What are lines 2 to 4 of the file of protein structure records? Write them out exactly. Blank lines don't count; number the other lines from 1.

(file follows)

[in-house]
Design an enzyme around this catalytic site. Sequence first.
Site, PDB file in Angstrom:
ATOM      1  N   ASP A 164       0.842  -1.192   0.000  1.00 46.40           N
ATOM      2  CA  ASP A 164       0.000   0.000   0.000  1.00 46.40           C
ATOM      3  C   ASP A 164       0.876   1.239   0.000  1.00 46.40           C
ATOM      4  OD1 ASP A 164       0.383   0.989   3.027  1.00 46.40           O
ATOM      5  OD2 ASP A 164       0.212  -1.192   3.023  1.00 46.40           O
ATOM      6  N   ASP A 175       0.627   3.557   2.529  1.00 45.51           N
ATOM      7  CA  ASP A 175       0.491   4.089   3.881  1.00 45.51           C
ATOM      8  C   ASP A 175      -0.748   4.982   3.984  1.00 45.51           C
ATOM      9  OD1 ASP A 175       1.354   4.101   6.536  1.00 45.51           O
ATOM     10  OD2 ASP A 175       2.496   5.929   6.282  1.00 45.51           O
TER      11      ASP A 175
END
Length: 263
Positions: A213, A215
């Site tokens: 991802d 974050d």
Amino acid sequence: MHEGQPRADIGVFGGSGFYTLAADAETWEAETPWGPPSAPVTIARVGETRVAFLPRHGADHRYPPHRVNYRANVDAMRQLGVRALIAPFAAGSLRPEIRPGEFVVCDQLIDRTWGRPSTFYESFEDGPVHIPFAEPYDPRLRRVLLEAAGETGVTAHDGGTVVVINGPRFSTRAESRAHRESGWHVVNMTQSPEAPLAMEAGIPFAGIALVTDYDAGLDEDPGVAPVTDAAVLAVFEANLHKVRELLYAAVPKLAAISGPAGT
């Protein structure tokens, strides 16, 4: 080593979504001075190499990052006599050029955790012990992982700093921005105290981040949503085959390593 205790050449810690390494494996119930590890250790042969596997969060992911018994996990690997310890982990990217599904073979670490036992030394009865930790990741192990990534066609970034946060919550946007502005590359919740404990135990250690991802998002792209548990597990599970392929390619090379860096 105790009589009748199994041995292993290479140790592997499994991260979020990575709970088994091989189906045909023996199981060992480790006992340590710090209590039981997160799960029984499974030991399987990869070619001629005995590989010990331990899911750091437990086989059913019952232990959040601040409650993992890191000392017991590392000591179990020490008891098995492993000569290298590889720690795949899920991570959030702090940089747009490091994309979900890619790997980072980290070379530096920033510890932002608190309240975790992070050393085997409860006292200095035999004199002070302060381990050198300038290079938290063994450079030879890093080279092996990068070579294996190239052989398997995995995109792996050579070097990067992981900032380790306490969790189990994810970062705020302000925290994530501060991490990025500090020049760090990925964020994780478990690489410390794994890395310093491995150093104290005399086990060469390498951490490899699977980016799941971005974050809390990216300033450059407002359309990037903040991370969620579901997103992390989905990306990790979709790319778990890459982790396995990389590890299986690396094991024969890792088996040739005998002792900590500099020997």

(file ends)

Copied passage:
Design an enzyme around this catalytic site. Sequence first.
Site, PDB file in Angstrom:
ATOM      1  N   ASP A 164       0.842  -1.192   0.000  1.00 46.40           N